Leave it to major corporations to figure out a way to provide fewer benefits to their employees.
Certain companies have been busy grooming their operations so that the burden of part-time employee health care benefits falls onto the federal government when the Affordable Care Act, aka Obamacare, goes into effect in 2014. Under the Act, employers with a workforce of 50 or more will be required to provide health care benefits to any employees who work more than 30 hours per week, or be required to pay a penalty.
Bad press to follow
The law states that a business must take an average of the total hours worked per week during the previous year to establish which employees are required to have their health care covered by the business in 2014. That makes 2013 the year an estimated one-third of employers will cut employee hours below the 30-hour threshold. Come 2014, employees in this situation will be covered between the expansion of Medicaid and the newly created health care exchanges.
Starting in January, Wal-Mart (NYSE:WMT) will begin logging which employees are falling below the 30-hour threshold. If part-time workers hired after Feb. 1, 2012 come up short of 30 hours during their annual eligibility check, they will lose benefits the following January, when Obamacare takes effect. Full-time employees and their covered spouses aren't out of the woods either. If at any time during the year a full-time employee's hours drop to part-time, their spouse immediately loses coverage.
Darden Restaurants (NYSE:DRI), the purveyor of casual family dining, doesn't appear to be treating its future employees as family. In a measure to lower costs, Darden plans to replace full-time employees who left the company with part-time employees. Ironically, its Olive Garden chain ditched the famous "When you're here, you're family" slogan back in October.
Like Darden, Sears Holdings (NASDAQ:SHLDQ) will begin offering employees a health care credit so they can choose a plan that best suits their needs. Should the credit fall short, the employee will make up the difference with all that extra disposable income they have lying around. But seriously, the fear is that these credits will fail to keep up with the pace of premium inflation experienced over the past 10 years. This puts employees in this situation at risk of having less coverage than before.
These businesses shouldn't have a tough time implementing this practice, considering the supporting academic research that shows part-time workers allow businesses to allocate their time more effectively, which in turn increases productivity. Taking the other side of this debate is consulting giant Mercer, which believes companies that adopt this practice run the risk of higher turnover, reduced productivity from a less experienced staff, and lower morale. Is it smarter for a business to trust a consulting firm grounded with years of industry expertise, or an academic finding?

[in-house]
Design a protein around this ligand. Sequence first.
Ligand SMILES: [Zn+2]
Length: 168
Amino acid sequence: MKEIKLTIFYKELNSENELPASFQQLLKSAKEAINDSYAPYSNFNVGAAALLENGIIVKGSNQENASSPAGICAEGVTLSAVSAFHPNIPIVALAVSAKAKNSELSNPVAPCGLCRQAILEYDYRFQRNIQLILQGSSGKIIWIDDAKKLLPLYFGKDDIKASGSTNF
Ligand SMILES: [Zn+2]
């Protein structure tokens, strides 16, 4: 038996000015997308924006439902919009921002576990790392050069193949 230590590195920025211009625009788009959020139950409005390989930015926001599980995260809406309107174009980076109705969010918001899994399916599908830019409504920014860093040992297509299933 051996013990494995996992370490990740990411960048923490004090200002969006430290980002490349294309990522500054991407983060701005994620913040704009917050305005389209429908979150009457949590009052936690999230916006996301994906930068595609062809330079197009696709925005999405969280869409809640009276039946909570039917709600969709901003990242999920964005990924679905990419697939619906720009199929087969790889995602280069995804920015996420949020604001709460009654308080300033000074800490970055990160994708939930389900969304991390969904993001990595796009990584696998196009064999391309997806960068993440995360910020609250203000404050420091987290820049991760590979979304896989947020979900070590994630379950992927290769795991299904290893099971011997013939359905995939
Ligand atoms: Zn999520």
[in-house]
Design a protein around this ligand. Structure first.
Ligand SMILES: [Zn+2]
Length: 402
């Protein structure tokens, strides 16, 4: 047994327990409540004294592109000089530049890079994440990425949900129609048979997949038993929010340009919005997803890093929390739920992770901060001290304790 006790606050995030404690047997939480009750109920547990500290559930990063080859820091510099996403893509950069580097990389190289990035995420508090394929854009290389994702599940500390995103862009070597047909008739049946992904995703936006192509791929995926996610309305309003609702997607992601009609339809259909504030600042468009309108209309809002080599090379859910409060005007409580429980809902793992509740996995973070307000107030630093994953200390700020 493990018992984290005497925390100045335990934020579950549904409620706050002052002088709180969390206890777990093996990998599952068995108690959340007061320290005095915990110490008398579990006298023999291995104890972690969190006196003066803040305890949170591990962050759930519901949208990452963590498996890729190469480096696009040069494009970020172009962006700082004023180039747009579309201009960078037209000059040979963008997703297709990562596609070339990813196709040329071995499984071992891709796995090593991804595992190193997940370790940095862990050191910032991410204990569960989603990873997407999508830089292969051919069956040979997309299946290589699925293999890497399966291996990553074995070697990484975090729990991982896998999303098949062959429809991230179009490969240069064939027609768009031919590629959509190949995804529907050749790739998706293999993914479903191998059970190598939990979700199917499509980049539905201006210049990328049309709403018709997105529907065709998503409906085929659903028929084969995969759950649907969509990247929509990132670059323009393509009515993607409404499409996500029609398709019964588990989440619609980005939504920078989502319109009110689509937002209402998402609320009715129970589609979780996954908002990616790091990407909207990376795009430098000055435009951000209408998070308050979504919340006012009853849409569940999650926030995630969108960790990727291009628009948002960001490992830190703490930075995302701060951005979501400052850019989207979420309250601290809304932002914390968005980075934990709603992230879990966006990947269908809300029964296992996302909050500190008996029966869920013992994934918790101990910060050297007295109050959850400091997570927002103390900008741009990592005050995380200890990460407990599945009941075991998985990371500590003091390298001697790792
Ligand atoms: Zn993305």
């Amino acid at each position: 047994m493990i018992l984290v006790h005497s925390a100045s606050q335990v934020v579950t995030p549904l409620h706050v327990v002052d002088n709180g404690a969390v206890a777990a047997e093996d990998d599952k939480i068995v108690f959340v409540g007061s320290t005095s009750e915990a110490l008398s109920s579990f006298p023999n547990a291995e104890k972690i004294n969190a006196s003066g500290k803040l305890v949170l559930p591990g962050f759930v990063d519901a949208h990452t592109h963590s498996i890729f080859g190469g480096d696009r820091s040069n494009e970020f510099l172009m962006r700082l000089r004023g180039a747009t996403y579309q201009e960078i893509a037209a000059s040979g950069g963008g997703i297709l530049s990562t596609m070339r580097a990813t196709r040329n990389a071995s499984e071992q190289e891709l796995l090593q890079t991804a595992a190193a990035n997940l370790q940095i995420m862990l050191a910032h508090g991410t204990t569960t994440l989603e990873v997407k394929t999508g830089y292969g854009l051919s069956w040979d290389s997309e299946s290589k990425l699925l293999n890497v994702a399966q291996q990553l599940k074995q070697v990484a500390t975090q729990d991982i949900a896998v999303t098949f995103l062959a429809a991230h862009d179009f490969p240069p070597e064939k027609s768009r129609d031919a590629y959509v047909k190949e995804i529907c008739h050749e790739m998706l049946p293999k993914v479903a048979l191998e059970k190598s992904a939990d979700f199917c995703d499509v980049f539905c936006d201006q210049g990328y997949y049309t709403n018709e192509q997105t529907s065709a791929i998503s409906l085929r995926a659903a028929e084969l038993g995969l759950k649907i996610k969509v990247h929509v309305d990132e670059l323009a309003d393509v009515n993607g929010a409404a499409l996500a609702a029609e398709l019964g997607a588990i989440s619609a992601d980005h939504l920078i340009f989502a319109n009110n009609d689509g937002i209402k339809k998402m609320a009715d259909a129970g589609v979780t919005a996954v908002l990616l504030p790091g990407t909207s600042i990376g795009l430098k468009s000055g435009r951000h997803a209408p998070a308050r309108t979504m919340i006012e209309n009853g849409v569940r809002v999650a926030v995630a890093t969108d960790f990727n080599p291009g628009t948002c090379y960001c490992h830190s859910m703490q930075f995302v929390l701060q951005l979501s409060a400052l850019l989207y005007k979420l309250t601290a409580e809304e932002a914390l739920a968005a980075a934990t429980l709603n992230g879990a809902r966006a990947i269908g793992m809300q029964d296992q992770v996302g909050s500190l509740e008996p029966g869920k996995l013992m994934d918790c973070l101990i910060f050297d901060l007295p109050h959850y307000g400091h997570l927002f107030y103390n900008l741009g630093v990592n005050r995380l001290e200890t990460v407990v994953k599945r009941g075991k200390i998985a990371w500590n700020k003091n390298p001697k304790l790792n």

To better help answer this question, businesses should consider the factor of employee dedication. A study from Michigan State University indicates that part-time employees are less dedicated to their job than their full-time counterparts.
As long as a company places a higher value on employee dedication than employee cost, it's probably not in its best interest to reduce employee hours below the benefits threshold.
The good guys
On the other side of the spectrum, there are companies that understand the value of supporting all of their employees. According to The Wall Street Journal, Costco Wholesale (NASDAQ:COST), Marriott International (NASDAQ:MAR), and Panera Bread, all stated they plan to make zero changes as a result of health care reform.
While Costco may skimp on frills, it never skimps on employee benefits. All of its employees are eligible for health care benefits after three or six months. Costco knows that its employees take care of its members, so it's in Costco's best interests to make sure they are dedicated. There's a reason Costco has one of the lowest employee turnover rates in its industry.
Marriott's business is all about the service it provides, up to and including fluffed pillows. How does Marriott build brand loyalty in this highly competitive space? It treats its customers consistently great, making them yearn for the same experience with each visit. It's for the same reason that McDonald's burgers taste the same no matter where you are in the world. Loyal customers expect a consistent experience, which is exactly what Marriott's employees are trained to deliver. If Marriott fails to serve its employees, it may negatively affect the customer experience.
What should investors expect?
Give businesses a loophole, and many will exploit it. Publicly traded companies have strong incentives to put profits before their employees' well-being. However, an immediate boost to the bottom line will reward shareholders in the short term, but the consequences of such actions will undoubtedly affect long-term performance. The best practices support and empower employees, instead of creating a disconnect between them and the company's overarching long-term goals. As consumers and investors, we can decide with our wallets what's socially acceptable to us. Should we support companies that add more liability to the system for the sake of reducing their own costs?
Has this loophole become another form of corporate welfare? Please feel free to leave your comments below.